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The Co-Opting Of Tchaikovsky's '1812 Overture'

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The Co-Opting Of Tchaikovsky's '1812 Overture'

The Co-Opting Of Tchaikovsky's '1812 Overture'

The Co-Opting Of Tchaikovsky's '1812 Overture'

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  • <iframe src="https://www.npr.org/player/embed/155597979/155673536" width="100%" height="290" frameborder="0" scrolling="no" title="NPR embedded audio player">
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A Civil War cannon with American flags in Kennesaw, Ga. iStock hide caption

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A Civil War cannon with American flags in Kennesaw, Ga.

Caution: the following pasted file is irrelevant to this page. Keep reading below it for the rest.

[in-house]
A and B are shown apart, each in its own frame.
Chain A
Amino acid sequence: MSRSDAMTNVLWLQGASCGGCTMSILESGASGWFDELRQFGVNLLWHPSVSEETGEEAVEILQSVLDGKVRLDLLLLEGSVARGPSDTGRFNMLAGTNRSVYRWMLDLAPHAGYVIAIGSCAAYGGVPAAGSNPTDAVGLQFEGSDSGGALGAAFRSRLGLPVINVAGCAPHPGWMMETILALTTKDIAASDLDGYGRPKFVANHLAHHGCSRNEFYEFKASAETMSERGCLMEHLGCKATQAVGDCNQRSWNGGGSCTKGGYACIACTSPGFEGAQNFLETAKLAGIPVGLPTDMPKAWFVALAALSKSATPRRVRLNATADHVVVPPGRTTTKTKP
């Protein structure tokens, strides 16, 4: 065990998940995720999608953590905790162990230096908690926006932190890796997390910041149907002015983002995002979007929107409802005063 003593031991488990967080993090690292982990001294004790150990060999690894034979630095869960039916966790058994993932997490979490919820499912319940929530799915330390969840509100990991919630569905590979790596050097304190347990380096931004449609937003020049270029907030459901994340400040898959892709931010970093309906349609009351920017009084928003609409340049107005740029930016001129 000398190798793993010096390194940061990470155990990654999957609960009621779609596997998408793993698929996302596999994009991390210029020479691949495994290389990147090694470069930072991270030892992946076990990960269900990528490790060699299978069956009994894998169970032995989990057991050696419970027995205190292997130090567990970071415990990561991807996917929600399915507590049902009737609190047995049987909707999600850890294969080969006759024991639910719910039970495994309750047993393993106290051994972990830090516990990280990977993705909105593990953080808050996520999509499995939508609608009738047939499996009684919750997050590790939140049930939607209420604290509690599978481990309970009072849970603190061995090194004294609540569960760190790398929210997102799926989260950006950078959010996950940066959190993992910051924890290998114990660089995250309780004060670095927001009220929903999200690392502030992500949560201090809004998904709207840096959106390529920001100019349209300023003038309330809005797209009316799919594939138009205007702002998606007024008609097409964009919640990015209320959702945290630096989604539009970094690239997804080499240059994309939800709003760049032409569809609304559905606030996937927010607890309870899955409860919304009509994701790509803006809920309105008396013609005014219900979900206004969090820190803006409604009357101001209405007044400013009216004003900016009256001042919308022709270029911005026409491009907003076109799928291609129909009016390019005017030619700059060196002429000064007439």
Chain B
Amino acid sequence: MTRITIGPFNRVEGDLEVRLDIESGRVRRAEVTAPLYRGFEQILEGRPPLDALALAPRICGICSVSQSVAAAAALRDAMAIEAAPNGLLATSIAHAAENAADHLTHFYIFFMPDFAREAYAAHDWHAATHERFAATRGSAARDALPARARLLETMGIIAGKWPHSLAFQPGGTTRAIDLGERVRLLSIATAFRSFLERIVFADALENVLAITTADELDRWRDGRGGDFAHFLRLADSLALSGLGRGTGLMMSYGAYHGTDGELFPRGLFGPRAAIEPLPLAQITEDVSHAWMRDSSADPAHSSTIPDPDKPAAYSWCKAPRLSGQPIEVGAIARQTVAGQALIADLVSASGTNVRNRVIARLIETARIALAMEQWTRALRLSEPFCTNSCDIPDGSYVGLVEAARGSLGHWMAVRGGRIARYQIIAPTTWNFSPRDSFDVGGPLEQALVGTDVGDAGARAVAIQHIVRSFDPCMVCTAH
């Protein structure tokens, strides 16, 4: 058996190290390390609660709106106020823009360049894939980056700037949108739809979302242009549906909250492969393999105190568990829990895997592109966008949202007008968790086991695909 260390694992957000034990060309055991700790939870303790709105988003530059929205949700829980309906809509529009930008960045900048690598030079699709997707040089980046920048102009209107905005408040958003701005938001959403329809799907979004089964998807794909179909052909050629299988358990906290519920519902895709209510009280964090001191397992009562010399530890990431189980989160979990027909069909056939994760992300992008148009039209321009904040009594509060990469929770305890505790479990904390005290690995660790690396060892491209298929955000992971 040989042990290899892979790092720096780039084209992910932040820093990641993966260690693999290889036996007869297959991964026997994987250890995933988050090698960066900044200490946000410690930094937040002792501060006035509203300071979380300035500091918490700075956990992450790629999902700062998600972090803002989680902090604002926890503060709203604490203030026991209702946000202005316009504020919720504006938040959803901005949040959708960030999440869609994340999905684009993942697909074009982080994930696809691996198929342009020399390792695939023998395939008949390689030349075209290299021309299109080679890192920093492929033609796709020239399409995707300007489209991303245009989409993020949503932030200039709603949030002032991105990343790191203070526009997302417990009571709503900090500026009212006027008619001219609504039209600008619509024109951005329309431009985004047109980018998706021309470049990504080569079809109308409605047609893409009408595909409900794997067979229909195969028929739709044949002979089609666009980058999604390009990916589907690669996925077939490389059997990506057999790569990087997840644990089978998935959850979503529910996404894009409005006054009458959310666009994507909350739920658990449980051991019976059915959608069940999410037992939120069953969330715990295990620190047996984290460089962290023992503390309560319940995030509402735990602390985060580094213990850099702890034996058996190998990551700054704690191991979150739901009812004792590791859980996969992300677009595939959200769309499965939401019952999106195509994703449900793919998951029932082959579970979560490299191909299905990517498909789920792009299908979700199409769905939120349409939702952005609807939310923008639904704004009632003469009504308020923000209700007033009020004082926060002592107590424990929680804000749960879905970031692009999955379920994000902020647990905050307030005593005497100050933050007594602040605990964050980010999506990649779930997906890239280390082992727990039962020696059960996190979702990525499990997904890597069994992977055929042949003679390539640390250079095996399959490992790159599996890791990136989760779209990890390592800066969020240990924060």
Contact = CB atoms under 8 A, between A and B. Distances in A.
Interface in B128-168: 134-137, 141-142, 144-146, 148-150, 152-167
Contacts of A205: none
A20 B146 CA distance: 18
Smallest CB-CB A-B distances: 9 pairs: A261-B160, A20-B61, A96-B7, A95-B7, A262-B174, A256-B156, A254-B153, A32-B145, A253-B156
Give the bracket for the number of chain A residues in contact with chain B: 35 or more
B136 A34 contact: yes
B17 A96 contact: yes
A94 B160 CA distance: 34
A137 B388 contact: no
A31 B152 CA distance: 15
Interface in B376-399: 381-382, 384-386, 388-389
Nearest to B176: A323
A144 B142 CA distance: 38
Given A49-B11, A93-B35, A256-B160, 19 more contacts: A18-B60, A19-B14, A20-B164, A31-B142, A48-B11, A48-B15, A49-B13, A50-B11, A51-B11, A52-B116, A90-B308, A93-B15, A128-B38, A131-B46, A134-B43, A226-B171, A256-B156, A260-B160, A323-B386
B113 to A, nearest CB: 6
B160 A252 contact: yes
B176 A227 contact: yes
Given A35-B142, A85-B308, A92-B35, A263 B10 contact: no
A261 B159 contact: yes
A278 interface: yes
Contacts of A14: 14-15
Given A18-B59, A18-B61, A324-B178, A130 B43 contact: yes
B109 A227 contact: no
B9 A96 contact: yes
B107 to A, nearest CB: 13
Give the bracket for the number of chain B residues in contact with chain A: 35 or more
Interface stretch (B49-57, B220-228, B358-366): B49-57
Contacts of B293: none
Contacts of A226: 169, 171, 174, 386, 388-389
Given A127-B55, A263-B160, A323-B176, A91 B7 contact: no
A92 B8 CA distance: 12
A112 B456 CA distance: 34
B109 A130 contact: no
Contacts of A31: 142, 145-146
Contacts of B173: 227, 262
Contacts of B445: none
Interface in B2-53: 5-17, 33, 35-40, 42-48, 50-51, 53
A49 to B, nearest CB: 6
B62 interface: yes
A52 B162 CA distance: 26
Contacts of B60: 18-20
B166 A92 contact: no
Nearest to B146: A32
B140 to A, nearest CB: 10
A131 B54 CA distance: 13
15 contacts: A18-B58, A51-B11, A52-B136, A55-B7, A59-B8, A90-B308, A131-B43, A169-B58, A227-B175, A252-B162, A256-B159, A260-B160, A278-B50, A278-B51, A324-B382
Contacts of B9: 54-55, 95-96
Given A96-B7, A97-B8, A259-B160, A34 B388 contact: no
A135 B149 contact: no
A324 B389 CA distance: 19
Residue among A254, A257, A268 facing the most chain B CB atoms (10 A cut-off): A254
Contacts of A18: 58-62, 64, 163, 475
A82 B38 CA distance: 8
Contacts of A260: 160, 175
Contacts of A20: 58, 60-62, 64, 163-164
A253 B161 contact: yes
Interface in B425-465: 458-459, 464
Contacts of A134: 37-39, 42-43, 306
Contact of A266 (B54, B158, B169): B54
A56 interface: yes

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Pyotr Ilyich Tchaikovsky wrote his piece The Year 1812, Festival Overture in E flat major in commemoration of the Russian Army's successful defense of Moscow against Napoleon's advancing troops at the Battle of Borodino. Most Americans, however, know the piece as the bombastic tune that accompanies Fourth of July fireworks shows all over the country. Jan Swafford, a professor at the Boston Conservatory, says there are a handful of reasons why Americans have adopted it as their own.

"Arthur Fiedler, in the '70s — I think '77 — started doing it with the Boston Pops and it was a gigantic success," Swafford tells NPR's Guy Raz. "There are two things about it: It has fireworks built in, so in that sense it's a natural. And it has an enormous, patriotic, celebratory quality, no matter what it's celebrating, and that's certainly relevant. And, you know, by the time it comes around with the fireworks at the Fourth of July, everybody's pretty drunk anyways. It's a fantastic climax for the evening, this explosion of joy and fireworks and cannons."

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